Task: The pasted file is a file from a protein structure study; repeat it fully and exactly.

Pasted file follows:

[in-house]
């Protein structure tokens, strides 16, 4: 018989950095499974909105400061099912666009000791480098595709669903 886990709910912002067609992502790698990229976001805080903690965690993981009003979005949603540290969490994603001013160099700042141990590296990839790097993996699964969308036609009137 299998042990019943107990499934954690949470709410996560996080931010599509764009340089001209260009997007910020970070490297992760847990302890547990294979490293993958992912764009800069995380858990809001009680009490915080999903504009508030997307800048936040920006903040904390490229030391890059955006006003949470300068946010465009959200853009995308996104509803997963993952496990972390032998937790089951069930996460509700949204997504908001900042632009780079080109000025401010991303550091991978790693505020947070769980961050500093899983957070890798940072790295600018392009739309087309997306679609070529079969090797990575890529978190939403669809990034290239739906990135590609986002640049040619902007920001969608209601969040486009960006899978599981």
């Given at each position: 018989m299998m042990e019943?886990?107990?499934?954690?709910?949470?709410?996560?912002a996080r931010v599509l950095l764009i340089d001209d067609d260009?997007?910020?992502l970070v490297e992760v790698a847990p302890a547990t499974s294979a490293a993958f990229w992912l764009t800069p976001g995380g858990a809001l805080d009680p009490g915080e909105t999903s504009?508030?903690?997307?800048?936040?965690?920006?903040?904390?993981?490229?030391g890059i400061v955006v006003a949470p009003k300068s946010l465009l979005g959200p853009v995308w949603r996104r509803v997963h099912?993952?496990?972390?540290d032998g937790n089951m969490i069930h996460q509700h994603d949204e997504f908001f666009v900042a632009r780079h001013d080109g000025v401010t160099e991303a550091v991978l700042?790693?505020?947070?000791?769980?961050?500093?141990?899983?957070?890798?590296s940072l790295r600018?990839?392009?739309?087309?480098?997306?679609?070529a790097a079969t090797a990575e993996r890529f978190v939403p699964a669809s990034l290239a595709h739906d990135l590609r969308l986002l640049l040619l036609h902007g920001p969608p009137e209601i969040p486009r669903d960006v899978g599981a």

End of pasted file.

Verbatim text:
[in-house]
């Protein structure tokens, strides 16, 4: 018989950095499974909105400061099912666009000791480098595709669903 886990709910912002067609992502790698990229976001805080903690965690993981009003979005949603540290969490994603001013160099700042141990590296990839790097993996699964969308036609009137 299998042990019943107990499934954690949470709410996560996080931010599509764009340089001209260009997007910020970070490297992760847990302890547990294979490293993958992912764009800069995380858990809001009680009490915080999903504009508030997307800048936040920006903040904390490229030391890059955006006003949470300068946010465009959200853009995308996104509803997963993952496990972390032998937790089951069930996460509700949204997504908001900042632009780079080109000025401010991303550091991978790693505020947070769980961050500093899983957070890798940072790295600018392009739309087309997306679609070529079969090797990575890529978190939403669809990034290239739906990135590609986002640049040619902007920001969608209601969040486009960006899978599981």
């Given at each position: 018989m299998m042990e019943?886990?107990?499934?954690?709910?949470?709410?996560?912002a996080r931010v599509l950095l764009i340089d001209d067609d260009?997007?910020?992502l970070v490297e992760v790698a847990p302890a547990t499974s294979a490293a993958f990229w992912l764009t800069p976001g995380g858990a809001l805080d009680p009490g915080e909105t999903s504009?508030?903690?997307?800048?936040?965690?920006?903040?904390?993981?490229?030391g890059i400061v955006v006003a949470p009003k300068s946010l465009l979005g959200p853009v995308w949603r996104r509803v997963h099912?993952?496990?972390?540290d032998g937790n089951m969490i069930h996460q509700h994603d949204e997504f908001f666009v900042a632009r780079h001013d080109g000025v401010t160099e991303a550091v991978l700042?790693?505020?947070?000791?769980?961050?500093?141990?899983?957070?890798?590296s940072l790295r600018?990839?392009?739309?087309?480098?997306?679609?070529a790097a079969t090797a990575e993996r890529f978190v939403p699964a669809s990034l290239a595709h739906d990135l590609r969308l986002l640049l040619l036609h902007g920001p969608p009137e209601i969040p486009r669903d960006v899978g599981a």